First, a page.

What you need to know about the coronavirus right now
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From lapses in US election dry run to Asian retailers bouncing back, here's what you need to know about the coronavirus right now.
Asymptomatic but not infectious
After testing 9.9 million of 11 million people in a vast
testing campaign that began on May 14, the Chinese city of
Wuhan, where the coronavirus outbreak began, has found no new
cases of people suffering from the disease and 300 asymptomatic
carriers of the virus.
China does not count people who are infected with the virus
but do not show symptoms of the disease as confirmed cases.
Officials told reporters that the asymptomatic carriers had
been found not to be infectious; masks, toothbrushes, phones,
door handles and elevator buttons that they touched had no
traces of the virus.
Lapses in US election dry run
Confusion, missing mail-in ballots and long lines at some
polling centres marred primary elections on Tuesday in eight
U.S. states and the District of Columbia, the biggest test yet
of voting during the coronavirus outbreak.
Serving as a dry run for the November 3 general election, the
exercise offered a glimpse of the challenges ahead on a national
scale if that vote is conducted under a lingering threat from
Faster bounce-back seen for Asian retailers
While no major fashion firms have been spared, Japan's Fast
Retailing, owner of the Uniqlo brand reputed for its long
shelf-life and value-for-money items, looks well-placed to cope
with the coronavirus crisis better than rivals.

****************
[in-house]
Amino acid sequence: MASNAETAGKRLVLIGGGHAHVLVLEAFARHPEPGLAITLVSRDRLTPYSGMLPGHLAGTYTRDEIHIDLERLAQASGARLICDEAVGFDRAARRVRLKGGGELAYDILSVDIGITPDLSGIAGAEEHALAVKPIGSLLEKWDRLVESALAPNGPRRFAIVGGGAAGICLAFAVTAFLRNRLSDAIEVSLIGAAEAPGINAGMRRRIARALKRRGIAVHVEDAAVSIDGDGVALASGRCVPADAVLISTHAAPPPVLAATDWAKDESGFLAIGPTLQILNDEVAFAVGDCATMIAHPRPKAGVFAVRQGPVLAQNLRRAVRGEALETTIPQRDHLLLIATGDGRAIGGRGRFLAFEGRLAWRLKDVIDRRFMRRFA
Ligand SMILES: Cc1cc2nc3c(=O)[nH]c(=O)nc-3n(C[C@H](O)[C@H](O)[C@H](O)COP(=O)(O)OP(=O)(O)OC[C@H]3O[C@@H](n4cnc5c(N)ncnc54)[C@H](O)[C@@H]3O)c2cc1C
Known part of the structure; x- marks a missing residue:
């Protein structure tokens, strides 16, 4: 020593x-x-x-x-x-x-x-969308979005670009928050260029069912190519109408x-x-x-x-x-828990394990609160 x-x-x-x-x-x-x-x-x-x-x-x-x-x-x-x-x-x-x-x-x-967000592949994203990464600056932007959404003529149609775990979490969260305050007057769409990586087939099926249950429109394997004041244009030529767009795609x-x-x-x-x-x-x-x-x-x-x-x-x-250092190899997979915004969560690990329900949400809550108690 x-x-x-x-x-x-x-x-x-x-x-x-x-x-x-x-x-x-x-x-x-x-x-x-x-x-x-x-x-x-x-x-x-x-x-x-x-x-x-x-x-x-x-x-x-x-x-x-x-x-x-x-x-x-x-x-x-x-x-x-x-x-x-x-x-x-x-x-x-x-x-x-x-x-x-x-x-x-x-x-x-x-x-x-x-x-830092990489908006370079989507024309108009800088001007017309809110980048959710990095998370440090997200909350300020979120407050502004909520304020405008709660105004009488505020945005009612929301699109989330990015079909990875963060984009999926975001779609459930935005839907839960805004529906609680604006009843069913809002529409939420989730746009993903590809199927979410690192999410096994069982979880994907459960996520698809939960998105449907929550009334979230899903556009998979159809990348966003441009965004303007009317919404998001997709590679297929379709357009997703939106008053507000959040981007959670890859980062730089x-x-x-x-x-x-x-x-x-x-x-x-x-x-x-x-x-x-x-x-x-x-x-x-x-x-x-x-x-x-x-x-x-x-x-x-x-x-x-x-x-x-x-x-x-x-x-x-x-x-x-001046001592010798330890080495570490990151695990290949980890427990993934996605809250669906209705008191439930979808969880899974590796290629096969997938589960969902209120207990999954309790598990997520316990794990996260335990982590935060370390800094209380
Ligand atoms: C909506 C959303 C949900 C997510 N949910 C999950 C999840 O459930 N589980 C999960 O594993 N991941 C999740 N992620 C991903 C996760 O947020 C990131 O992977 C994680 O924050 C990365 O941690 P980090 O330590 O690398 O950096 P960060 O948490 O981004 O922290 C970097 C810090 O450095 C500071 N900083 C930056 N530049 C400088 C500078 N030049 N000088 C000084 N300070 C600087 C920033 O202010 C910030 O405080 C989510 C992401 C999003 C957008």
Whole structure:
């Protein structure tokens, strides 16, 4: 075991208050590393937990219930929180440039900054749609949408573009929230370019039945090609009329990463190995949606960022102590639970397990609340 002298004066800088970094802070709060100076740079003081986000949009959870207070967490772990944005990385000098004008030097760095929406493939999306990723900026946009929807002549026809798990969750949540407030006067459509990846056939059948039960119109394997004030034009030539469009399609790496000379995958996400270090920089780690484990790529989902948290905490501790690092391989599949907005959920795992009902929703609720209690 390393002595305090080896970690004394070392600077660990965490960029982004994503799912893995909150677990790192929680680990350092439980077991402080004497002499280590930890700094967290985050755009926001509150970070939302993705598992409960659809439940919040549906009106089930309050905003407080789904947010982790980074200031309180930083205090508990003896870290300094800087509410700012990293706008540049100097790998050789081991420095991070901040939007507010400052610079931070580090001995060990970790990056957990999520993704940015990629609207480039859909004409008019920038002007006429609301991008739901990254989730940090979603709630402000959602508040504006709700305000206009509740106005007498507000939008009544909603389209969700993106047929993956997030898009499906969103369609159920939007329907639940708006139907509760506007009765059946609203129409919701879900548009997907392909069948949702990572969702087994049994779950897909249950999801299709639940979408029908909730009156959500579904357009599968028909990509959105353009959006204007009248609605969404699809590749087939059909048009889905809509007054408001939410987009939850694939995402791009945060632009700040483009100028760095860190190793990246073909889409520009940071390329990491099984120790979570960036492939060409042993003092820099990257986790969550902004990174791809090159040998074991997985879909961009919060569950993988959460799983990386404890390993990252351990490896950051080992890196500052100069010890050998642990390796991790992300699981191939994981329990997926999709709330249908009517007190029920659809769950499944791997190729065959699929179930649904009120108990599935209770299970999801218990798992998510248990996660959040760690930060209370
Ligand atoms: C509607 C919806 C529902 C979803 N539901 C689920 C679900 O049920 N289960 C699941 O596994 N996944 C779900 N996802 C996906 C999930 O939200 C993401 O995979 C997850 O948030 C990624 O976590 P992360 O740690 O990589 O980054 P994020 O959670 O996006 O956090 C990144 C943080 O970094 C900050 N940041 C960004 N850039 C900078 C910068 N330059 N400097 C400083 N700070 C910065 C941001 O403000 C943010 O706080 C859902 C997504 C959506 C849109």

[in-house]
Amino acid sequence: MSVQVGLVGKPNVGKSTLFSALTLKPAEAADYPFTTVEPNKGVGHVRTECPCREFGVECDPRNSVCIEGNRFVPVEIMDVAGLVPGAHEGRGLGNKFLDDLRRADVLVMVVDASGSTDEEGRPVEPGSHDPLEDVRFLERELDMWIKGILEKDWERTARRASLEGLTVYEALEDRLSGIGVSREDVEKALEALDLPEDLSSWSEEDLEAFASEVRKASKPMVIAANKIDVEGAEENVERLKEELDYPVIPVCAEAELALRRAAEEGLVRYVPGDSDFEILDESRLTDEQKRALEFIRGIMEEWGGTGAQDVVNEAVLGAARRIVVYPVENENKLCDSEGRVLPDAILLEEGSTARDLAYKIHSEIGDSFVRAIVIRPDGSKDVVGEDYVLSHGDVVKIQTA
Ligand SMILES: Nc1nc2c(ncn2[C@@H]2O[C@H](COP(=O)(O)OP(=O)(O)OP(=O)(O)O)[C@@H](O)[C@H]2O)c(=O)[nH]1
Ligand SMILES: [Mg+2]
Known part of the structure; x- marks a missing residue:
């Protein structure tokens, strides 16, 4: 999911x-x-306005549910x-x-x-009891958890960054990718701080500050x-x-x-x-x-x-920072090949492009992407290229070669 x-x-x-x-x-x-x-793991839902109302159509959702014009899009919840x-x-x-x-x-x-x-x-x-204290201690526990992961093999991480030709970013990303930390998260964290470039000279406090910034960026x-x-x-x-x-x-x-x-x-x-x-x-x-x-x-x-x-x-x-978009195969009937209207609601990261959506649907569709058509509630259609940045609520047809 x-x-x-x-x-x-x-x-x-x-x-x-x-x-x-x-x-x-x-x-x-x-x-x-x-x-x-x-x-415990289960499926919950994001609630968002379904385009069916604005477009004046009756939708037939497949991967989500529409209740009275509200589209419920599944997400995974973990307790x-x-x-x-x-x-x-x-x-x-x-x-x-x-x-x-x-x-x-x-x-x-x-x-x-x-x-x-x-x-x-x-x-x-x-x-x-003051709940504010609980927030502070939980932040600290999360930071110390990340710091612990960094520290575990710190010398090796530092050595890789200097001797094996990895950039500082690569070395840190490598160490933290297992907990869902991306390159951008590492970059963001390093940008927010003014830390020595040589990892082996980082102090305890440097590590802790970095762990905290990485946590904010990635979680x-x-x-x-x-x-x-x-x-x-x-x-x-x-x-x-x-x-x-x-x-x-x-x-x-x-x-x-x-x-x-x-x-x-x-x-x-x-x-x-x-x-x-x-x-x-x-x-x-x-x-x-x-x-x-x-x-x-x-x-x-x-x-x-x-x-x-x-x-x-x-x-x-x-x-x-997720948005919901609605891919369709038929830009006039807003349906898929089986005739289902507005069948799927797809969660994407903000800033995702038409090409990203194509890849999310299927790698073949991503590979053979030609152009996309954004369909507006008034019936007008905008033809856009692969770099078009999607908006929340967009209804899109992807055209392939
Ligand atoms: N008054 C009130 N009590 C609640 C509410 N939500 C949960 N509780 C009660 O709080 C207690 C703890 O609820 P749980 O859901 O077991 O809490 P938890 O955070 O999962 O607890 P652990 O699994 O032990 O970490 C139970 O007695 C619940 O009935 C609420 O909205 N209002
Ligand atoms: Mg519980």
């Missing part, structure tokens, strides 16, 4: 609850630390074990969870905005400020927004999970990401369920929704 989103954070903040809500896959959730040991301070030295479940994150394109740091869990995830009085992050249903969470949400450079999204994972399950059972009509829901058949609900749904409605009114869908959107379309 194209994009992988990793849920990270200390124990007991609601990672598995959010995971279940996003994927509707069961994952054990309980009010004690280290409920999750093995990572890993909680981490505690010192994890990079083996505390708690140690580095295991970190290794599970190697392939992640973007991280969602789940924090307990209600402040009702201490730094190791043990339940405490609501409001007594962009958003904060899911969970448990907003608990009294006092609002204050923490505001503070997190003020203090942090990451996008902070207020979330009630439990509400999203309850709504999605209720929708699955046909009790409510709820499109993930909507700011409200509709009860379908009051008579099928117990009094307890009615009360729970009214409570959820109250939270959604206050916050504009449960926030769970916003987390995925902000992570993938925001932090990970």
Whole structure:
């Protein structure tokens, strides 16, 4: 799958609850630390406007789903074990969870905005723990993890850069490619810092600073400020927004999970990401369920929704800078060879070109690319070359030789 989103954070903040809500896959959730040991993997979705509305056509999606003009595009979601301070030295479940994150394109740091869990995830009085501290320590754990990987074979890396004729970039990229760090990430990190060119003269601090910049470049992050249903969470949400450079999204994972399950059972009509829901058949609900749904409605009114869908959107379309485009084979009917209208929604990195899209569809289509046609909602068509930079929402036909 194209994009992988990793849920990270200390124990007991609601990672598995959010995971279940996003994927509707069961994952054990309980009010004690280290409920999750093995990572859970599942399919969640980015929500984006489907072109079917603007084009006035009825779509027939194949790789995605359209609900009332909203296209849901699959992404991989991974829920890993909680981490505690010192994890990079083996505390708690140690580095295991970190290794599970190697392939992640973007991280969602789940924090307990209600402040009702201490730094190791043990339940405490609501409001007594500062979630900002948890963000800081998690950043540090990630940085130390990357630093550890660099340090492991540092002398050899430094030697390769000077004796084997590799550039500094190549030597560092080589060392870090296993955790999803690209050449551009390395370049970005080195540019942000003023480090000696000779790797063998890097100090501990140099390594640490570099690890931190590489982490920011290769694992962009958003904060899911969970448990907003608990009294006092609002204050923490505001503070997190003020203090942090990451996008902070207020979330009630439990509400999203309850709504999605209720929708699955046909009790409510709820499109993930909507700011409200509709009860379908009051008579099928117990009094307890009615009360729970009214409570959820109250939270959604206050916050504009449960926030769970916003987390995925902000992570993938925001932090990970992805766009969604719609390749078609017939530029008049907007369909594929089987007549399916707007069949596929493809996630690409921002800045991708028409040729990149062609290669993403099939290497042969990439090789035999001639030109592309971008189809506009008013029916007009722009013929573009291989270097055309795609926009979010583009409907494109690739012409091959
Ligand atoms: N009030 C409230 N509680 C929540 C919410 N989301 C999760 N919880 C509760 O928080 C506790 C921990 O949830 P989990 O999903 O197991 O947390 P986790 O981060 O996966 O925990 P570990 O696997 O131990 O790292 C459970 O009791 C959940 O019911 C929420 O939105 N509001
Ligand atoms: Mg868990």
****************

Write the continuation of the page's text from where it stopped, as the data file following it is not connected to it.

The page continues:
One reason could be Fast Retailing's greater Asia presence.
Asia accounts for three-quarters of Uniqlo's annual revenue and
Fast Retailing has expanded aggressively in China with 750
"Asia is going to be much faster to bounce back in terms of
willingness to spend, which will favour operators with a big
presence in Asia," said Honor Strachan, retail analyst at
research firm GlobalData.
NBA eyes mid-Oct season finish
The National Basketball Association has targeted Oct. 12 as
the last possible date to complete the 2019-20 season, which has
been on hold since mid-March because of the coronavirus
pandemic, ESPN reported on Tuesday. The NBA finals typically
conclude around mid-June.
Both the NBA and players association were still discussing
details on a return-to-play format, said the report, which cited
Expect more injuries in EPL
Newcastle United club doctor Paul Catterson says he expects
players to suffer more injuries than usual when the Premier
League resumes on June 17 following the coronavirus disruption.
"The players have been running on treadmills and working
indoors for eight weeks so that transition is a different
stimulus for the body," Catterson told the BBC. The league was
suspended on March 13 due to the pandemic.
Surviving in the bush
A bushcraft course that teaches basic survival skills and
offers insight into traditional indigenous cultures is proving
popular as city folk turn to nature with the easing of
Australia's coronavirus lockdown.
Course participants learn solar and celestial navigation,
how to erect a shelter, build a fire and forage for edible
plants, sometimes within a timed environment designed to emulate
the pressure of a real survival situation.
At least one participant found it was good to get away from
the stress of supermarket runs.
"I'm feeling like I'm detoxing a little from that sphere of
the world," said George Hamza.